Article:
Film: The Nubia Train
By Attiyat El-Abnoudi
Documentary, 2002, Egypt, 35 min., Arabic / Engl. subt.
With a hand-held camera this film observes at length the preparations and execution of the annual journey of Nubian families from Alexandria to Upper Egypt to celebrate the holidays back home. Four decades after the resettlement, clearly and without any spoken commentary, the film raises questions about the reasons of Nubian inner-Egyptian and generation long migration and its out-come.
Lecture by Alia Mossallam (EUME Fellow 2017/18)
In 1964, and after years of preparing for the migration and even at times looking forward to it, around 50,000 Nubians from 33 villages stretching between Egypt and Sudan, were migrated from the banks of the Nile to the deserts of Komombo. Where once their lives revolved around an unpredictable body of water, their main concern became escaping the sun. Why did they believe in the Dam's potential? How did they handle the trauma of displacement? How does a way of life completely dependent on the Nile from the myths of creation to daily rituals continue in its absence? Through listening to Nubian songs that reflect hope, nostalgia and finally anger, we listen to the conversations with the Nile, the birds, the mythical mer-people and the reflections of the many emotions affiliated with the move.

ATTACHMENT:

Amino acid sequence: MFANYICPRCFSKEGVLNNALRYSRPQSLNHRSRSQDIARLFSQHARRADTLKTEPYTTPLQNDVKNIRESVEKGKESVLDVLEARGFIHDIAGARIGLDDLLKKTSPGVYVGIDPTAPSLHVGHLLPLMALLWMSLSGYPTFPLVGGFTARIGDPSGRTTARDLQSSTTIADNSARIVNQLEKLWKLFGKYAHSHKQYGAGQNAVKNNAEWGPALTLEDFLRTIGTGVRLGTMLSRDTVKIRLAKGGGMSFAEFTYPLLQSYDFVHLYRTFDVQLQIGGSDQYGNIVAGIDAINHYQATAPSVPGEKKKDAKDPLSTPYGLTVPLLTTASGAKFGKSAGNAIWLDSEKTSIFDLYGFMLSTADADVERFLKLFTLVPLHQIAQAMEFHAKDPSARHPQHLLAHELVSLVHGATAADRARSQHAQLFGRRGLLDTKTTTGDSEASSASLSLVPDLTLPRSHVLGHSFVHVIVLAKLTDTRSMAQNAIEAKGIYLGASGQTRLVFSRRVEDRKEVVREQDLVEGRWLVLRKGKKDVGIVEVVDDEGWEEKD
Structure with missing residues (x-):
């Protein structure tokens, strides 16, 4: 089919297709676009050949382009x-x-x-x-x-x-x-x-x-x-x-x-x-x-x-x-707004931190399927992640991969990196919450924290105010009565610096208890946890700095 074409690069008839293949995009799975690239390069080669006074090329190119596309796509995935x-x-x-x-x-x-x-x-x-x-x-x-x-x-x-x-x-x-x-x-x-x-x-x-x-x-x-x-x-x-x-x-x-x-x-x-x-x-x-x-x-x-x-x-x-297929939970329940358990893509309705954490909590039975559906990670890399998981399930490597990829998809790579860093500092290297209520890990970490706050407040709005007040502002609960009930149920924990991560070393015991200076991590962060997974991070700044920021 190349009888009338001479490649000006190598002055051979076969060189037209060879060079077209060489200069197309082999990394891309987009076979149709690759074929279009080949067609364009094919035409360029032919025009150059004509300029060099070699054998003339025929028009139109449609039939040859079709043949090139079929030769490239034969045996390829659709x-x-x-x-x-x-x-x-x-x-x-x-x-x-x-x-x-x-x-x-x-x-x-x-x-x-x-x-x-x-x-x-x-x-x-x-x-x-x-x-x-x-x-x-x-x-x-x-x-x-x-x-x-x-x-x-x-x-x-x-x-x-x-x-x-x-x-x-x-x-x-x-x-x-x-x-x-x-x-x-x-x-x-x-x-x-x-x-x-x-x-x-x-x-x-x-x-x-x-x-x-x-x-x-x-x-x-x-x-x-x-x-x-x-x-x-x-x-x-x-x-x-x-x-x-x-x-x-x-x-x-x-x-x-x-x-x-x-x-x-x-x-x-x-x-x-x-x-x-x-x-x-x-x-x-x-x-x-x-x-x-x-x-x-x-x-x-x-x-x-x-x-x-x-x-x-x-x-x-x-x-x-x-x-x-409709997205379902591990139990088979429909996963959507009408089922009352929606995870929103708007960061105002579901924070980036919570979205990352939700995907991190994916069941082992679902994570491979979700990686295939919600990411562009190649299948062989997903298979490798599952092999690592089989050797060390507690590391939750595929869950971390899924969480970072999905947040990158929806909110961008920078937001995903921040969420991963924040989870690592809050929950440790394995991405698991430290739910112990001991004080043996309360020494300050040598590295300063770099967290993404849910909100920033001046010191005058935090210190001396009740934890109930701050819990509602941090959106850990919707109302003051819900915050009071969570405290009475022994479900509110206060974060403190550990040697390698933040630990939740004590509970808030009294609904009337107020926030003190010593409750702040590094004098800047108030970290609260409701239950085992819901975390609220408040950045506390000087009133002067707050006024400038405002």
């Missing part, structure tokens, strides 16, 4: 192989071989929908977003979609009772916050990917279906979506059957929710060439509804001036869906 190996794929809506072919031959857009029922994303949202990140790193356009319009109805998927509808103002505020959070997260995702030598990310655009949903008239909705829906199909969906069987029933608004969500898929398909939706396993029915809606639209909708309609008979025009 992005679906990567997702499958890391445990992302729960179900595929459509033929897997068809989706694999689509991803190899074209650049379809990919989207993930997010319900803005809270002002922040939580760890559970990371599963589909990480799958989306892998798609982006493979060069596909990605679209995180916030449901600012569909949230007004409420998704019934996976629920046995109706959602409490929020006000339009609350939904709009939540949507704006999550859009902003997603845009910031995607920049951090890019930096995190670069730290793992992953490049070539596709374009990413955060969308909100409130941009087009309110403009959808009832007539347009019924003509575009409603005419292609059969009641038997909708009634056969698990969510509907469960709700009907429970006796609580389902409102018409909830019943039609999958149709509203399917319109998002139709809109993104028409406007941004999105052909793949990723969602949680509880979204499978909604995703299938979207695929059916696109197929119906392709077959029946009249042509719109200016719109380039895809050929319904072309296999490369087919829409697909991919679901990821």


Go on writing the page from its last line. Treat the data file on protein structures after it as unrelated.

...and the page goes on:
Alia Mossallam, EUME Fellow of the Alexander von Humboldt Stiftung, holds a PhD in Political Science. Her dissertation explores a popular history of Nasserist Egypt through stories told and songs sung by people behind the 1952 revolution. She has taught at the American University in Cairo (AUC), the Cairo Institute for Liberal Arts and Sciences (CILAS), the Freie Universität (FU) and held a series of workshops, 'Reclaiming Revolutionary Histories' all over Egypt. She also worked with theatre practitioners to document revolutionary experiences of the present, explore alternative histories of the past, and recreate them on the stage, for example the play Hawwa al-Hureyya (Whims of Freedom). She also writes for Mada Masr. Her current research project is 'Hekāyāt Sha’b – Stories of Peoplehood': Nasserism, Popular Politics and Songs in Egypt, 1956-1974 and she is working on her first book on the popular historiography of the dam building process, tentatively titled “This Is What Socialism Sounds Like”.